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Rust Nibbles – Gazebo: Casts and transmute



This article was written in collaboration with Neil Mitchell, a Software Engineer in the Developer Infrastructure organization at Facebook.

The Rust library Gazebo contains a collection of well-tested Rust utilities in the form of standalone modules. In this series of blog posts, we will cover some of the modules that make up the Gazebo library. In today’s blog, we will cover the module Cast. This blog is a part of our Rust Nibbles series, where we go over the various Rust libraries we have open-sourced to learn more about what motivated their creation and how one can use them.

One of the appeals of Rust is that it tries its best to help you avoid dangerous mistakes – but there are still unsafe functions available. Rust has a function called transmute, which converts one type to another. For example, you can write:

let y = unsafe { transmute(x) }; 

This fragment converts from a u64 to a [u8; 8]; or from a String to a Vec<u8>; or from a &str to an &(). Alternatively stated, the above code might do anything, and for a function like transmute, you probably really care about precisely what it does. This realisation led us to introduce the Gazebo cast module, which provides more restrictive alternatives.

The first entry in the cast module is the transmute! macro. Morally, transmute is a function from an input type to an output type, which takes a value of the input type. While usually Rust inferring types for us is useful, for transmute it is often harmful. With transmute! as a macro we can take 3 arguments, two of them types, so can write:

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let y = unsafe { transmute!(u64, [u8; 8], x) }; 

It’s no less unsafe, but it’s much more explicit. Alternatively, using the existing transmute function you can write:

let y = unsafe { transmute::<u64, [u8; 8]>(x) }; 

And we are hopeful that one day Clippy can be extended to suggest giving the types explicitly.

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Specific casts

While transmute can do many conversions, in some cases there are preferred ways of converting between types. For example, if you try using transmute to convert from &Foo to &Bar, clippy will suggest &*(x as *const Foo as *const Bar). That’s quite verbose. But more importantly, it obscures what you are trying to do. Therefore, Gazebo provides cast::ptr(x) which wraps up this conversion for you. The cast module provides 5 specific conversions we’ve found useful:

pub fn ptr_to_usize<T: ?Sized>(x: &T) -> usize;
pub unsafe fn usize_to_ptr<'a, T>(x: usize) -> &'a T;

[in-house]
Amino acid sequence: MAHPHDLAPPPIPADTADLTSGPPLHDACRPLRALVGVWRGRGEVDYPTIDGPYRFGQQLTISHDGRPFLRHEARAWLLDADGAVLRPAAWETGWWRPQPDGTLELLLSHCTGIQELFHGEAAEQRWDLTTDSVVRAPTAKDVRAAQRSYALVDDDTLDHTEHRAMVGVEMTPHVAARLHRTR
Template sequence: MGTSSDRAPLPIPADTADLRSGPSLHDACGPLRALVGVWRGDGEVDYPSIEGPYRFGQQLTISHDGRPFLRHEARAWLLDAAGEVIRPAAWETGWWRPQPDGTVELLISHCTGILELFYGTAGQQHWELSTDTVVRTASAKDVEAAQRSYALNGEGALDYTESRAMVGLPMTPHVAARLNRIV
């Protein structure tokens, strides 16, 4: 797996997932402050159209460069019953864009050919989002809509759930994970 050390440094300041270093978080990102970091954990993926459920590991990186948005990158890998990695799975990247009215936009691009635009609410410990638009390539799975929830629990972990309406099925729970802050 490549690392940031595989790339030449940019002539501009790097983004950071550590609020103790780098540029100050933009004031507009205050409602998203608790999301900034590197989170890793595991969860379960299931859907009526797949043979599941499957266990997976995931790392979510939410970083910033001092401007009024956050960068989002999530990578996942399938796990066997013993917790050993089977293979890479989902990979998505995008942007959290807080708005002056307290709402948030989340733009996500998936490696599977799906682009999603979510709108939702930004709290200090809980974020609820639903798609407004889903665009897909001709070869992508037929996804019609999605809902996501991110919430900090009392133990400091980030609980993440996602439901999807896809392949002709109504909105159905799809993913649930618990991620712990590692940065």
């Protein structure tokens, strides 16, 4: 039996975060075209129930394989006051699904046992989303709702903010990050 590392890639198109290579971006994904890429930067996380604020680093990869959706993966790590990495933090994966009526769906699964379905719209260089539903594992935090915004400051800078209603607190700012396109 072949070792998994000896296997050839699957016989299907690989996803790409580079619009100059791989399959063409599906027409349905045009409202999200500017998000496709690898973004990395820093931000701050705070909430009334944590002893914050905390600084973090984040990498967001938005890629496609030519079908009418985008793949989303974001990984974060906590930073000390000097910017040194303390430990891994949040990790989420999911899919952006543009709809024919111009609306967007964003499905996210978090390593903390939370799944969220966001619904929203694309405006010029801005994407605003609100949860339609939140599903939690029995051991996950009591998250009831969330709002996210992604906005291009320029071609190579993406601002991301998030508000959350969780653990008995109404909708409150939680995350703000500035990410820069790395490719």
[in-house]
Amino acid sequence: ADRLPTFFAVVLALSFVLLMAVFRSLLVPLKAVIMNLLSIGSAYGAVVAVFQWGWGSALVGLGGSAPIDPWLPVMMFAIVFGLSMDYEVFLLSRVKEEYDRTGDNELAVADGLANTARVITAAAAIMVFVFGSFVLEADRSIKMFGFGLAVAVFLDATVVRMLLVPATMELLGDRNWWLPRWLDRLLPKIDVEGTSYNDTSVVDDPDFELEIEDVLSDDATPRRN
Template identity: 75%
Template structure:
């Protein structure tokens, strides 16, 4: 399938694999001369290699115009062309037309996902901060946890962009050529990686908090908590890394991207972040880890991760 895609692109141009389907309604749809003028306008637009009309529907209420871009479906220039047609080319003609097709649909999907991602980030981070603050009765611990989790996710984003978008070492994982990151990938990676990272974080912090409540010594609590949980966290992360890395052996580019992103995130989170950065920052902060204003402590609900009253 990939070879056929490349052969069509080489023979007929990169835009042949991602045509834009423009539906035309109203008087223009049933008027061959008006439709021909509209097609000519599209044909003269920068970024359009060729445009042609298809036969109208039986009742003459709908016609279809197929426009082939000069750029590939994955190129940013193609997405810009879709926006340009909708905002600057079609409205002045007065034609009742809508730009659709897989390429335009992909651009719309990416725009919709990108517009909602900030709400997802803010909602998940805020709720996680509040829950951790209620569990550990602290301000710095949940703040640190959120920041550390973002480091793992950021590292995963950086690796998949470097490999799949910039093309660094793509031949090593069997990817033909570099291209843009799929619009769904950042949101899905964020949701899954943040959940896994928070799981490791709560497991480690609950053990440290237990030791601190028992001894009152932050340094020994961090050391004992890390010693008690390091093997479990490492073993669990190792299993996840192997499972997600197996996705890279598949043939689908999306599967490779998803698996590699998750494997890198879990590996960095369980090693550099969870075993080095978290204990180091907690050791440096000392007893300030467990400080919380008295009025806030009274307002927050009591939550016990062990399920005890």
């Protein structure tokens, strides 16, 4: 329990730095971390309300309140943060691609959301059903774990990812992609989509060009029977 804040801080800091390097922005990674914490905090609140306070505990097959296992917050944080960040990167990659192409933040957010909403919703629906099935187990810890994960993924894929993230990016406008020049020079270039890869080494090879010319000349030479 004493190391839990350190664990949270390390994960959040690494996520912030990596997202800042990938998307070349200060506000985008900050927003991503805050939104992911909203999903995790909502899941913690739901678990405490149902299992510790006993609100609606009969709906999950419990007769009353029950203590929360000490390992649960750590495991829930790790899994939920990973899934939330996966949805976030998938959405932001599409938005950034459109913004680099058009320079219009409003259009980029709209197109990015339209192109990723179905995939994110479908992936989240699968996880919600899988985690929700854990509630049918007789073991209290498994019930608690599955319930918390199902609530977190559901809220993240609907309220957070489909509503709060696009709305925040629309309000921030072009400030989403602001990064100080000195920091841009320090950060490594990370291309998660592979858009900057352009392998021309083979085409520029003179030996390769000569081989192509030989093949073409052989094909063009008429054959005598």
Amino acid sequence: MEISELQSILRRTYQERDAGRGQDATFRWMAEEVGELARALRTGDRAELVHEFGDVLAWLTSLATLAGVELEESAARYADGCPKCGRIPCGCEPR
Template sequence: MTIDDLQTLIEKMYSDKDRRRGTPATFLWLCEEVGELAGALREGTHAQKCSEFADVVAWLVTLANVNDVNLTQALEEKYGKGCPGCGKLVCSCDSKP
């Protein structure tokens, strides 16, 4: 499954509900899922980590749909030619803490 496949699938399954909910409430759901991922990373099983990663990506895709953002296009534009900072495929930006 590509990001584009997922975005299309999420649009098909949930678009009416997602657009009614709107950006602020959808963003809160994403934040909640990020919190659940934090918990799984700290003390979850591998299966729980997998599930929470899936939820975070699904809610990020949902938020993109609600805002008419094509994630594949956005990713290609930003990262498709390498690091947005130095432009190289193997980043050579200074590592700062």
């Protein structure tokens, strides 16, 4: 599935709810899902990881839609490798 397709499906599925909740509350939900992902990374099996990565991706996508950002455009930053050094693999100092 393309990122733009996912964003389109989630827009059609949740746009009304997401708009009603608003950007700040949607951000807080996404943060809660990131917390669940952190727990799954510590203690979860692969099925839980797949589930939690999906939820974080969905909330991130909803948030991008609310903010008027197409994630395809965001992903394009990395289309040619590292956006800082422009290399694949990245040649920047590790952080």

pub unsafe fn ptr<From, To>(x: &From) -> &To;
pub unsafe fn ptr_mut<From, To>(x: &mut From) -> &mut To;
pub unsafe fn ptr_lifetime<'a, 'b, T: ?Sized>(x: &'a T) -> &'b T; 

These are unsafe, all could be implemented as transmute, but are implemented as pointer conversions as that is the recommended form. The hope is these conversions make the intent clearer.

Unchecked transmute

The transmute function can be used to do lots of unsafe things. But sometimes, after a long day coding, do you wonder if transmute is a little too safe? In particular, transmute checks that the input and output types have the same size. That’s great for concrete type parameters, but means that you can’t convert a Vec<T> to a String without having the T specified at compile time. That restriction, while usually a very good thing, can sometimes be harmful – so we provide transmute_unchecked for those cases. It’s exactly like transmute, but without a compile-time check of equal sizes. If the sizes aren’t equal things are highly likely to segfault, and in fact, if any of the other transmute invariants don’t hold it is undefined behaviour. But having that more powerful function is sometimes necessary.

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We hope that this blog helps you understand the Cast module, how to use it and gives you good insight into what it does. Look out for our next blog in this series, where we discuss all the remaining little bits of Gazebo.

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Be sure to check out our previous blogs in the Gazebo series to learn more about the various features the Gazebo library has to offer –
Gazebo – Prelude
Gazebo – Dupe
Gazebo – Variants
Gazebo – AnyLifetime
Gazebo – Comparisons

About the Rust Nibbles series

We at Facebook believe that Rust is an outstanding language that shines in critical issues such as memory safety, performance and reliability. We joined the Rust Foundation to help contribute towards the growth, advancement and adoption of Rust, and towards sustainable development of open source technologies and developer communities across the world.